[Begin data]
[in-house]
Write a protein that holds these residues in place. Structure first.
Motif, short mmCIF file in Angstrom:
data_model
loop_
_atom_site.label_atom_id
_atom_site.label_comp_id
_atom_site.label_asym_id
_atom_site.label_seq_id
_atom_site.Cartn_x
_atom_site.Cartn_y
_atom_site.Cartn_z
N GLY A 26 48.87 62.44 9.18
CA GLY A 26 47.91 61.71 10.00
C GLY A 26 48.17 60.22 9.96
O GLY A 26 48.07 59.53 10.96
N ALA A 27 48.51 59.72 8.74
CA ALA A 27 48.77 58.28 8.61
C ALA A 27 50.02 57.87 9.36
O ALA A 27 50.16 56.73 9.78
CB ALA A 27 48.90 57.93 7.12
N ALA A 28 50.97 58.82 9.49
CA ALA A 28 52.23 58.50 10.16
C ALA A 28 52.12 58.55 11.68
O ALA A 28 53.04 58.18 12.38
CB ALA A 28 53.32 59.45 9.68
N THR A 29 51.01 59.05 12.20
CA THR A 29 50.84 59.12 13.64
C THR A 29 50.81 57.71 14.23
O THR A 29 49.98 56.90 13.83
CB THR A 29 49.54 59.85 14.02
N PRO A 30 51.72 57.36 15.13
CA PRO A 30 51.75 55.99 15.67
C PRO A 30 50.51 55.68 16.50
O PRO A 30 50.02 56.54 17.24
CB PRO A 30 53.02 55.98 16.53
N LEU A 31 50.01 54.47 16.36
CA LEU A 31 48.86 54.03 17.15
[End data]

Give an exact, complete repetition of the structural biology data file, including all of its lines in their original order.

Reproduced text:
[in-house]
Write a protein that holds these residues in place. Structure first.
Motif, short mmCIF file in Angstrom:
data_model
loop_
_atom_site.label_atom_id
_atom_site.label_comp_id
_atom_site.label_asym_id
_atom_site.label_seq_id
_atom_site.Cartn_x
_atom_site.Cartn_y
_atom_site.Cartn_z
N GLY A 26 48.87 62.44 9.18
CA GLY A 26 47.91 61.71 10.00
C GLY A 26 48.17 60.22 9.96
O GLY A 26 48.07 59.53 10.96
N ALA A 27 48.51 59.72 8.74
CA ALA A 27 48.77 58.28 8.61
C ALA A 27 50.02 57.87 9.36
O ALA A 27 50.16 56.73 9.78
CB ALA A 27 48.90 57.93 7.12
N ALA A 28 50.97 58.82 9.49
CA ALA A 28 52.23 58.50 10.16
C ALA A 28 52.12 58.55 11.68
O ALA A 28 53.04 58.18 12.38
CB ALA A 28 53.32 59.45 9.68
N THR A 29 51.01 59.05 12.20
CA THR A 29 50.84 59.12 13.64
C THR A 29 50.81 57.71 14.23
O THR A 29 49.98 56.90 13.83
CB THR A 29 49.54 59.85 14.02
N PRO A 30 51.72 57.36 15.13
CA PRO A 30 51.75 55.99 15.67
C PRO A 30 50.51 55.68 16.50
O PRO A 30 50.02 56.54 17.24
CB PRO A 30 53.02 55.98 16.53
N LEU A 31 50.01 54.47 16.36
CA LEU A 31 48.86 54.03 17.15